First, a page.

By Nina Bai
In a special virtual town hall, House Speaker Nancy Pelosi joined UC San Francisco Chancellor Sam Hawgood, MBBS, to discuss the role of science and science advocacy in shaping federal policy during a global pandemic, her leadership during these turbulent times, and lessons learned during her long tenure as the first and only female Speaker of the House of Representatives.
The Democratic Congresswoman, whose district covers a large portion of San Francisco, began the event on Tuesday by thanking UCSF for being a longtime partner and leader in science and health, both in San Francisco and worldwide. She recalled how decades earlier, UCSF’s work in community-based research, prevention and care during the HIV/AIDS epidemic helped lead to the Ryan White CARE act.
Asked about the national response to the COVID-19 pandemic, Pelosi said denial and distortion of the reality of the pandemic had prevented a more coordinated national response. “There are two things here at work that are not so good: One is an anti-science attitude, and the other is an anti-government attitude,” she said. “So let’s just hope that rather than looking back, that we can look forward and hope that the public awareness of all of this will take us to a place where we have unity around science.”
Hawgood said the pandemic had raised the question of how research universities like UCSF could contribute to preparing for and responding to future pandemics. “History tells us that COVID-19 will definitely not be the last pandemic that we experience in our lifetimes,” he said. “And I’ve been thinking and speaking to my peers across the country about how we could perhaps create a more unified research university academic response in working with the federal government to prepare the country for what we know will come.”
Pelosi said that support from universities would be critical for legislative funding, such as when leading institutions came together in the 1990s to help double the National Institutes of Health budget.
The conversation then turned to how the pandemic has affected early career scientists and how the federal government could help. Hawgood described the risk of losing a generation of early career scientists, particularly women, due to lack of support for caregivers, as an “existential challenge.”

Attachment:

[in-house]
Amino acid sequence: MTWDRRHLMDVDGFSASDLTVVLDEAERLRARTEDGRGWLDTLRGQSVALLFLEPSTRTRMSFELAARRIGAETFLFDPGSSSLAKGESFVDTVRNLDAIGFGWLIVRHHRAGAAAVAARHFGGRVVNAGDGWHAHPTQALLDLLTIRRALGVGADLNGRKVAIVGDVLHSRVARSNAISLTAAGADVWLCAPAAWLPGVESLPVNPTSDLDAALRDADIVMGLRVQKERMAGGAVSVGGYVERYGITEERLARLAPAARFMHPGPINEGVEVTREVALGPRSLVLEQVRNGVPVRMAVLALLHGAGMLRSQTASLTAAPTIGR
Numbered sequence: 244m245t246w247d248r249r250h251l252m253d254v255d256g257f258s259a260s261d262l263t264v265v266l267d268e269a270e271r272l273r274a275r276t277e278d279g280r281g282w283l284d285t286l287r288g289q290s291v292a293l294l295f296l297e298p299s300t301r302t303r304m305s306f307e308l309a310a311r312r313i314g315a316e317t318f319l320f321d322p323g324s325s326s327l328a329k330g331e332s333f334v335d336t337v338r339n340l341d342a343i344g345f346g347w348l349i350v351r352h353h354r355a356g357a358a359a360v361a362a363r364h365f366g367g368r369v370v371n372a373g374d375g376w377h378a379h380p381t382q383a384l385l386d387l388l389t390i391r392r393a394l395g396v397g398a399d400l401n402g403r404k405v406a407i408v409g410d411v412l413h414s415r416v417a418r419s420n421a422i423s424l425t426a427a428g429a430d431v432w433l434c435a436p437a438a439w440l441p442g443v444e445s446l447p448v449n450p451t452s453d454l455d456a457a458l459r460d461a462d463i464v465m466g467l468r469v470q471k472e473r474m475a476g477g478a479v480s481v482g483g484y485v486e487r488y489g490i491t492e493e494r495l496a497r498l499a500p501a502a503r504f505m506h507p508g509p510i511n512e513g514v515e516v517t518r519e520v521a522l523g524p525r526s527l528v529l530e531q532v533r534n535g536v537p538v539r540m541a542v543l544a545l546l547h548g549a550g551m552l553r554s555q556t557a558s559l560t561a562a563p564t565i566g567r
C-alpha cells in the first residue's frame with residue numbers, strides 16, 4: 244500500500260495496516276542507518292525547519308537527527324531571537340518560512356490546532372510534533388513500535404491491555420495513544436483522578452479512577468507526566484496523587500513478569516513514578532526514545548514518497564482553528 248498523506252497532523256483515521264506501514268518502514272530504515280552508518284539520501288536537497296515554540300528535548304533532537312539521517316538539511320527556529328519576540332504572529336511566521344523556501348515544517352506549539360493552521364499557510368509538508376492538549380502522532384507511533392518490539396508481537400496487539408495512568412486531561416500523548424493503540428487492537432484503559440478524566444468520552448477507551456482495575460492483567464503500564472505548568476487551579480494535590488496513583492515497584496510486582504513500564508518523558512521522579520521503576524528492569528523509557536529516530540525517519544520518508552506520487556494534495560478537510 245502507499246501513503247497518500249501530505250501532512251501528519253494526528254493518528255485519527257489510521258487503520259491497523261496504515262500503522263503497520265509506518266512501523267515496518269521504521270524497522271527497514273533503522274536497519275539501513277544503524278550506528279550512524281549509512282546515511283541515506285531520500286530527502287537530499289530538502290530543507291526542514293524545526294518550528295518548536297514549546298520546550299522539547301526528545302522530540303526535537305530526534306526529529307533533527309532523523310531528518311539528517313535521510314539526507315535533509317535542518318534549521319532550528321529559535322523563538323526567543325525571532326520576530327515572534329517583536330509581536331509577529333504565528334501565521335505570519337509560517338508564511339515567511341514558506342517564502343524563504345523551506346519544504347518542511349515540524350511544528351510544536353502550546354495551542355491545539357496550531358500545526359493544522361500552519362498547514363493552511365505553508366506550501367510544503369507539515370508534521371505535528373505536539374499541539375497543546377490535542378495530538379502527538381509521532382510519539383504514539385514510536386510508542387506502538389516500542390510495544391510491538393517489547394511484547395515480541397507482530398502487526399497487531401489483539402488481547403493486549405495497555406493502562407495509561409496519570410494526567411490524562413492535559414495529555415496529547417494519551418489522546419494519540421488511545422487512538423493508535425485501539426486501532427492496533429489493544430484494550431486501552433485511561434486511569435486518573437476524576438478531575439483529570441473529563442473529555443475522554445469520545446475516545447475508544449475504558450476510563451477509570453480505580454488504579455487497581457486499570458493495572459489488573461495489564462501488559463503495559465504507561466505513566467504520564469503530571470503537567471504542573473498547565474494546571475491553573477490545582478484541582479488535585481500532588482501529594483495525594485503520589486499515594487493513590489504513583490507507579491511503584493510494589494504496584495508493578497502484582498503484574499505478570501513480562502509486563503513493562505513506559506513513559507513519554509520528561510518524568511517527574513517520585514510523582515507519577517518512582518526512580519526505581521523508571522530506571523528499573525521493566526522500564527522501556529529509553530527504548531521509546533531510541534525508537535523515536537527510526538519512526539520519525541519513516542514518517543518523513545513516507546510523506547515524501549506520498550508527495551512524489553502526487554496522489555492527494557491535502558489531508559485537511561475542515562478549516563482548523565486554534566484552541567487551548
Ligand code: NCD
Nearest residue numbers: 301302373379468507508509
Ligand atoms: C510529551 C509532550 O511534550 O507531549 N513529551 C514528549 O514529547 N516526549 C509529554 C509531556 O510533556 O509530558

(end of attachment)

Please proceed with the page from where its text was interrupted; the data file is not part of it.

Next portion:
Pelosi said that a massive investment in childcare, more debt forgiveness for students, and expanding access to healthcare was needed on a national level.
She said that evidence-based research, including UCSF’s work in COVID-19 testing in the Mission District – which showed that the Latinx community was disproportionately affected by the disease – was critical to getting Congress to recognize and redress health disparities.
“It’s immoral for us to proceed with this without recognizing the disparity in the communities of color – you know that better than anyone,” she said to Hawgood. “But we have to kind of convey that to some people who, shall we say, are not as close to the public experience as some of the rest of us are.”
“We just have to recognize that if we’re going to crush this virus, which we must do, it is going to take resources scientifically spent,” she said.
Finally, asked how her approach to leadership has changed over time and lessons learned for aspiring leaders, Pelosi said the best advice was to be authentic and to know your own motivations. “But to women, especially, I say, be ready. Because I didn’t think for a minute I would be going to Congress and never thought I would run for leadership, but I was ready.”
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Pelosi closed out her portion of the town hall with a question-and-answer segment, facilitated by Francesca Vega, Vice Chancellor of Community and Government Relations. Asked how the UCSF community could help the democratic process during the pandemic, Pelosi encouraged people to vote early. “Right now the most important thing is for people to vote and to do so early enough so that their vote is counted as cast,” she said.
The town hall continued with brief presentations by Keith Yamamoto, PhD, Special Advisor to the Chancellor for Science Policy and Strategy, and Natalie Alpert, Executive Director of Federal Government Relations, discussing the continued need for advocacy at the federal level.
Vega ended the event by bringing attention to various voter engagement efforts across UCSF, including the UCSF Votes initiative to update addresses for mailed ballots. “Now is the ask of all of you,” she said. “And that’s ensuring that our voice is indeed heard and that we are aware of all the opportunities that we have within the UCSF community to get engaged.”